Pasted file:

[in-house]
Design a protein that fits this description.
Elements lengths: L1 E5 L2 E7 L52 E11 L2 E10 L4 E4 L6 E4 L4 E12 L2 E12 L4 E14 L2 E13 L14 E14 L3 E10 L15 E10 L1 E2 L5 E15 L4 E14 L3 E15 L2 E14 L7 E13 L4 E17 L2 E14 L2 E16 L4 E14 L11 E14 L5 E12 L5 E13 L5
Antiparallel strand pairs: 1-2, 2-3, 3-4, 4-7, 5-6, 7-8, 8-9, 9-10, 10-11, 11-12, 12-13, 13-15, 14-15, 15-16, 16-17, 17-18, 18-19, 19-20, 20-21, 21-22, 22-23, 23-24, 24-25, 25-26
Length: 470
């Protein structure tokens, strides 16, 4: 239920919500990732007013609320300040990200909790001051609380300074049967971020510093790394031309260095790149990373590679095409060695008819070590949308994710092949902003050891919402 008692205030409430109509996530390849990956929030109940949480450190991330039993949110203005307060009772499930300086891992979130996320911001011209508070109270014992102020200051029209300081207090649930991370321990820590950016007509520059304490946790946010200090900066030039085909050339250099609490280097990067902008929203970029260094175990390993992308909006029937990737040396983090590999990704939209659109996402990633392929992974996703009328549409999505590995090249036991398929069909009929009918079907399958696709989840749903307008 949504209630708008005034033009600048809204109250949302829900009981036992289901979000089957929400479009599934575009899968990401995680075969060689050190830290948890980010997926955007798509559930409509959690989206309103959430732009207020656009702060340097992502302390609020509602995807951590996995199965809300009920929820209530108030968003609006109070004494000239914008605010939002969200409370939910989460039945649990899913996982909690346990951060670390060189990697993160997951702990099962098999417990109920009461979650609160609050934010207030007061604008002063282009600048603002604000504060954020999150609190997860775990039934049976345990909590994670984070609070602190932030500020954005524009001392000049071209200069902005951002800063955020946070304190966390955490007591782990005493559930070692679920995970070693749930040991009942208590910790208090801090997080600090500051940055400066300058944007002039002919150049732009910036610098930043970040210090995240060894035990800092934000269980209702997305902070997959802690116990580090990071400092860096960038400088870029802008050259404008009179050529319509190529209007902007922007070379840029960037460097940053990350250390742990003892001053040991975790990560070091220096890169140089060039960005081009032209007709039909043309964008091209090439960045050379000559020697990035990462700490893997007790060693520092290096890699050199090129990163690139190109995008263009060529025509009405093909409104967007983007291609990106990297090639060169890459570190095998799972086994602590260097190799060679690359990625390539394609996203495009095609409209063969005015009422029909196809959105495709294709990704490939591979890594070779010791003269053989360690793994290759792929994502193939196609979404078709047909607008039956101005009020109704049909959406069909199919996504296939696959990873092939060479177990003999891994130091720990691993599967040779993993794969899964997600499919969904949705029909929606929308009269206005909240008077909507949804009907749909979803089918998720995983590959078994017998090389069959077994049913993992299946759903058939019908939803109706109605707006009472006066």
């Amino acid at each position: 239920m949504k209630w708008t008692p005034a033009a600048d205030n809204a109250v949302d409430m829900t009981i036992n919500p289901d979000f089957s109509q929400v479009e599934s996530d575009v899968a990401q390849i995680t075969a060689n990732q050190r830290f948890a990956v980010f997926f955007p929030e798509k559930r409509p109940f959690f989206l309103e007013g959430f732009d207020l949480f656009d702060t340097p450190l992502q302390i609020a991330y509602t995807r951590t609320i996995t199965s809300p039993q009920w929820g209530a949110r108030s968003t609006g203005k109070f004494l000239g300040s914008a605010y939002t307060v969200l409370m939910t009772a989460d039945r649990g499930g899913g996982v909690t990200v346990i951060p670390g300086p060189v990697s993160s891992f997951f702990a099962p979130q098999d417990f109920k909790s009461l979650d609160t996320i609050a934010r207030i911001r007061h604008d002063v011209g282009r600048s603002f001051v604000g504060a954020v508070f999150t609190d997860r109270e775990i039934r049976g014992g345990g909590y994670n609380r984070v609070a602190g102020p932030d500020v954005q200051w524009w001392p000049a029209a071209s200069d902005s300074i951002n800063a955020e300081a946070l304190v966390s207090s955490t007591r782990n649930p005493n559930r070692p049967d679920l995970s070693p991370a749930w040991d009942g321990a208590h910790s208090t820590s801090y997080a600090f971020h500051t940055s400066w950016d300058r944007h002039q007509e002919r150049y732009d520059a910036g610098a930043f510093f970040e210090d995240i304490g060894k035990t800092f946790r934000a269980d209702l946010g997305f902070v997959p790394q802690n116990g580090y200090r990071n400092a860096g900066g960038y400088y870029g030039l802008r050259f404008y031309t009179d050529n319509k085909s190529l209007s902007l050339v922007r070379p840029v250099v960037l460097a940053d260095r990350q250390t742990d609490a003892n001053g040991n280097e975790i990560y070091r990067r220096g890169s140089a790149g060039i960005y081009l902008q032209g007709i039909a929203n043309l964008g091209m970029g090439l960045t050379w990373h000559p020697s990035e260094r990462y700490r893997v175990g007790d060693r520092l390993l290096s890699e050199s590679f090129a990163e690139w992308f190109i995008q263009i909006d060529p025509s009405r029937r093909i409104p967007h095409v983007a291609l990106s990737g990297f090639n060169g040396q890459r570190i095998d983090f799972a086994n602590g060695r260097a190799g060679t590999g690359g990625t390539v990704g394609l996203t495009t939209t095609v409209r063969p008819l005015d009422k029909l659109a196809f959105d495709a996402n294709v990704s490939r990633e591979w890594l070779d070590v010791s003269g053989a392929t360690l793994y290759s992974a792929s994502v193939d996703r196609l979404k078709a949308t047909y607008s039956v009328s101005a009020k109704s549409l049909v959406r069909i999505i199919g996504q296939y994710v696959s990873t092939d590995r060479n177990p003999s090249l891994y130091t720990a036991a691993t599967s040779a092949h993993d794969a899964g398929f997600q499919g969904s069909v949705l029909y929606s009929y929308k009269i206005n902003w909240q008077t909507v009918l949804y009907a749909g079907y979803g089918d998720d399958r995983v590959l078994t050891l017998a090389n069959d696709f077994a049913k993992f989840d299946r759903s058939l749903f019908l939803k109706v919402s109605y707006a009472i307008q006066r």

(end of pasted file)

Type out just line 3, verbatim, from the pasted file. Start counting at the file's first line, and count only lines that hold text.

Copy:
Elements lengths: L1 E5 L2 E7 L52 E11 L2 E10 L4 E4 L6 E4 L4 E12 L2 E12 L4 E14 L2 E13 L14 E14 L3 E10 L15 E10 L1 E2 L5 E15 L4 E14 L3 E15 L2 E14 L7 E13 L4 E17 L2 E14 L2 E16 L4 E14 L11 E14 L5 E12 L5 E13 L5